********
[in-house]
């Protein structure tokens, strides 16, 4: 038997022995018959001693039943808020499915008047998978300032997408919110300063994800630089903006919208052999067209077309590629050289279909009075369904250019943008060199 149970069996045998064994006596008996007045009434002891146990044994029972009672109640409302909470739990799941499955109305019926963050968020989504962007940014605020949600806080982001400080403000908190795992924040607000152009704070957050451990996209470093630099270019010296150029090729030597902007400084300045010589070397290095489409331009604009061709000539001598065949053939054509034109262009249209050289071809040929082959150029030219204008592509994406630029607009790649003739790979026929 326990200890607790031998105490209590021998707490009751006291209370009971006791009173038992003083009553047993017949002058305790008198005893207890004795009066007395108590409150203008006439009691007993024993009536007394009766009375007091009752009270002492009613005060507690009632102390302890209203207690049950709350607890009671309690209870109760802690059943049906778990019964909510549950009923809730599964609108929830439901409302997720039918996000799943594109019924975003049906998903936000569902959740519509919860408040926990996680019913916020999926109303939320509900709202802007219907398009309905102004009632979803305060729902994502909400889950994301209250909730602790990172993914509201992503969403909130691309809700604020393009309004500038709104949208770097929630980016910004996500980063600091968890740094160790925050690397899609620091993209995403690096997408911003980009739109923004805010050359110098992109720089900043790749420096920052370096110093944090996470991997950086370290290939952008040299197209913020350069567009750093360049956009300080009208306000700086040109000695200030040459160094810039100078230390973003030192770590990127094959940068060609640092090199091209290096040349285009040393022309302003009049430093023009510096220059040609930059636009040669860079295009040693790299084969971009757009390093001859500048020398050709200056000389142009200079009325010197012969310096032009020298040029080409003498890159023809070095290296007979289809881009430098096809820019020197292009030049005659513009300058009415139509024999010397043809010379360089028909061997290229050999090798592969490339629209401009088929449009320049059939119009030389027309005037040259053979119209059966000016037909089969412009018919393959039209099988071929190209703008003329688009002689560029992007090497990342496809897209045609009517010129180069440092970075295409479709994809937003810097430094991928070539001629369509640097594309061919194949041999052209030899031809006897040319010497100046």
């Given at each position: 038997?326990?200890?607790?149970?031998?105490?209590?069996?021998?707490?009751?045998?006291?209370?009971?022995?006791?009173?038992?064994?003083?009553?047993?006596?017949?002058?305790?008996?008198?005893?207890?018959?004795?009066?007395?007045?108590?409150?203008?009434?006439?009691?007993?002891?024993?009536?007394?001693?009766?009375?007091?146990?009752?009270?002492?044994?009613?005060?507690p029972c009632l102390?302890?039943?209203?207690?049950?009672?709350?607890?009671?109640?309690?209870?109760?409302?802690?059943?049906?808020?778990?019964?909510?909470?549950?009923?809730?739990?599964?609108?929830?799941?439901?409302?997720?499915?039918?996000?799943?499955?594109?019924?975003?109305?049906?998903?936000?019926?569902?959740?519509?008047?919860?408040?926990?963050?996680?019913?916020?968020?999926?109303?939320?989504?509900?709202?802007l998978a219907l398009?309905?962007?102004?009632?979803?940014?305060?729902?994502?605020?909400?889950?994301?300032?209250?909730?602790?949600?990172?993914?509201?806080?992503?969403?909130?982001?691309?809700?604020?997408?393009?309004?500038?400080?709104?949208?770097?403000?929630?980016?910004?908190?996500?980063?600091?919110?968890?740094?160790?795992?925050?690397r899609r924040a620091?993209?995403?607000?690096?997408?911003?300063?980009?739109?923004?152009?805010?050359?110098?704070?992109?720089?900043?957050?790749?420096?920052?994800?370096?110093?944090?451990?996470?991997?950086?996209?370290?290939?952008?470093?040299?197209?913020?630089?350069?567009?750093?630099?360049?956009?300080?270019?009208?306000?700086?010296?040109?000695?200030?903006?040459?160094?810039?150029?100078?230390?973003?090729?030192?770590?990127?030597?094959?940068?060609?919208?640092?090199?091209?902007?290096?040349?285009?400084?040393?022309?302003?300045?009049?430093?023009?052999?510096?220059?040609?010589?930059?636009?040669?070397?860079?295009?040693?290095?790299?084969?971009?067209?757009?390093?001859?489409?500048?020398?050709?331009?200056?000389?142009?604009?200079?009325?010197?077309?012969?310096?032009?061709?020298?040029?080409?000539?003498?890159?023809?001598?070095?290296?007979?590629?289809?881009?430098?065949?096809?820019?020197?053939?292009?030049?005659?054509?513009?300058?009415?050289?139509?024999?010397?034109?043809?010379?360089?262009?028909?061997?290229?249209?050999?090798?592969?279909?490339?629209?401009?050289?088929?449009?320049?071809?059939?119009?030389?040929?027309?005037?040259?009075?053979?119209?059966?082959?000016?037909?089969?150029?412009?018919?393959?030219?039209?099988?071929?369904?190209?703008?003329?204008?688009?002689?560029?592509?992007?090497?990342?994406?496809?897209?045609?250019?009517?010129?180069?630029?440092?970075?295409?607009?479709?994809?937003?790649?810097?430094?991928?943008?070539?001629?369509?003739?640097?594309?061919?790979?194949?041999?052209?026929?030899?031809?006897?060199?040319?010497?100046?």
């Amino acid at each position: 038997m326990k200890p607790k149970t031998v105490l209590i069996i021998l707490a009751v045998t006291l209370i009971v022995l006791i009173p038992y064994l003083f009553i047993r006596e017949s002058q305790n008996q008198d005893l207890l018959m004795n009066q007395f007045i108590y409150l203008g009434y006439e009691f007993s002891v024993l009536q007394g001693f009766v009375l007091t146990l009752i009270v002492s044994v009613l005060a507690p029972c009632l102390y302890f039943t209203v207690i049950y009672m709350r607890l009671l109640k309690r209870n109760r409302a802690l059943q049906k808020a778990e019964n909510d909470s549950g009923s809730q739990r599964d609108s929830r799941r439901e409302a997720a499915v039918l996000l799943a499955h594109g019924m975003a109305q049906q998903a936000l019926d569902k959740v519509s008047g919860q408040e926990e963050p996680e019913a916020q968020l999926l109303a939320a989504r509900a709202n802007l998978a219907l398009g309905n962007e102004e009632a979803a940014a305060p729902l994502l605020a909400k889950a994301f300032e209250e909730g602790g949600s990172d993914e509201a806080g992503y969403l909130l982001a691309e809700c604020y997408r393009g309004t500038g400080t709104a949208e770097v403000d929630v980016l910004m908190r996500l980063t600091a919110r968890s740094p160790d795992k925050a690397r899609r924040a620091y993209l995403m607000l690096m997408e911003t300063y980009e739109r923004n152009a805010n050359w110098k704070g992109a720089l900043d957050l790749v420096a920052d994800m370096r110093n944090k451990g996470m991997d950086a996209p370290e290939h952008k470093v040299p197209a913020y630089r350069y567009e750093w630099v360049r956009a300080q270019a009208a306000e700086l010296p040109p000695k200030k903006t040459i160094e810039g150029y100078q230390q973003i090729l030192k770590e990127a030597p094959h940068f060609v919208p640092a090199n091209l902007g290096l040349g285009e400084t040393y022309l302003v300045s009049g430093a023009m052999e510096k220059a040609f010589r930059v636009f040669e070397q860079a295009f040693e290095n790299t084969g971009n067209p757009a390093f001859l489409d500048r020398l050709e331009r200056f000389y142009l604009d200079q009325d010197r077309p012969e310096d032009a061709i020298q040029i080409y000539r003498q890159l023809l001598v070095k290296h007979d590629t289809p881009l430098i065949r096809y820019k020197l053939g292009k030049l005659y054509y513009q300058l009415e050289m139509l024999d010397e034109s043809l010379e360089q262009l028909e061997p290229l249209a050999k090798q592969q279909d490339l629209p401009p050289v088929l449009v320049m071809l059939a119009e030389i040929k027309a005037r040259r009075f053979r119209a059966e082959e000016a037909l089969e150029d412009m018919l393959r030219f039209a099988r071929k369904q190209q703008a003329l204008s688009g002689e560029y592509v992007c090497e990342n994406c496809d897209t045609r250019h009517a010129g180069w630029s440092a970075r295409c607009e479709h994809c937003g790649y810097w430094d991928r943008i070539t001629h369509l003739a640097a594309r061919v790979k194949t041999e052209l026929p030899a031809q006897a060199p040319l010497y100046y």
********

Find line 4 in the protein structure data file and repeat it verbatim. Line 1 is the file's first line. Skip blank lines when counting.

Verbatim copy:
């Amino acid at each position: 038997m326990k200890p607790k149970t031998v105490l209590i069996i021998l707490a009751v045998t006291l209370i009971v022995l006791i009173p038992y064994l003083f009553i047993r006596e017949s002058q305790n008996q008198d005893l207890l018959m004795n009066q007395f007045i108590y409150l203008g009434y006439e009691f007993s002891v024993l009536q007394g001693f009766v009375l007091t146990l009752i009270v002492s044994v009613l005060a507690p029972c009632l102390y302890f039943t209203v207690i049950y009672m709350r607890l009671l109640k309690r209870n109760r409302a802690l059943q049906k808020a778990e019964n909510d909470s549950g009923s809730q739990r599964d609108s929830r799941r439901e409302a997720a499915v039918l996000l799943a499955h594109g019924m975003a109305q049906q998903a936000l019926d569902k959740v519509s008047g919860q408040e926990e963050p996680e019913a916020q968020l999926l109303a939320a989504r509900a709202n802007l998978a219907l398009g309905n962007e102004e009632a979803a940014a305060p729902l994502l605020a909400k889950a994301f300032e209250e909730g602790g949600s990172d993914e509201a806080g992503y969403l909130l982001a691309e809700c604020y997408r393009g309004t500038g400080t709104a949208e770097v403000d929630v980016l910004m908190r996500l980063t600091a919110r968890s740094p160790d795992k925050a690397r899609r924040a620091y993209l995403m607000l690096m997408e911003t300063y980009e739109r923004n152009a805010n050359w110098k704070g992109a720089l900043d957050l790749v420096a920052d994800m370096r110093n944090k451990g996470m991997d950086a996209p370290e290939h952008k470093v040299p197209a913020y630089r350069y567009e750093w630099v360049r956009a300080q270019a009208a306000e700086l010296p040109p000695k200030k903006t040459i160094e810039g150029y100078q230390q973003i090729l030192k770590e990127a030597p094959h940068f060609v919208p640092a090199n091209l902007g290096l040349g285009e400084t040393y022309l302003v300045s009049g430093a023009m052999e510096k220059a040609f010589r930059v636009f040669e070397q860079a295009f040693e290095n790299t084969g971009n067209p757009a390093f001859l489409d500048r020398l050709e331009r200056f000389y142009l604009d200079q009325d010197r077309p012969e310096d032009a061709i020298q040029i080409y000539r003498q890159l023809l001598v070095k290296h007979d590629t289809p881009l430098i065949r096809y820019k020197l053939g292009k030049l005659y054509y513009q300058l009415e050289m139509l024999d010397e034109s043809l010379e360089q262009l028909e061997p290229l249209a050999k090798q592969q279909d490339l629209p401009p050289v088929l449009v320049m071809l059939a119009e030389i040929k027309a005037r040259r009075f053979r119209a059966e082959e000016a037909l089969e150029d412009m018919l393959r030219f039209a099988r071929k369904q190209q703008a003329l204008s688009g002689e560029y592509v992007c090497e990342n994406c496809d897209t045609r250019h009517a010129g180069w630029s440092a970075r295409c607009e479709h994809c937003g790649y810097w430094d991928r943008i070539t001629h369509l003739a640097a594309r061919v790979k194949t041999e052209l026929p030899a031809q006897a060199p040319l010497y100046y």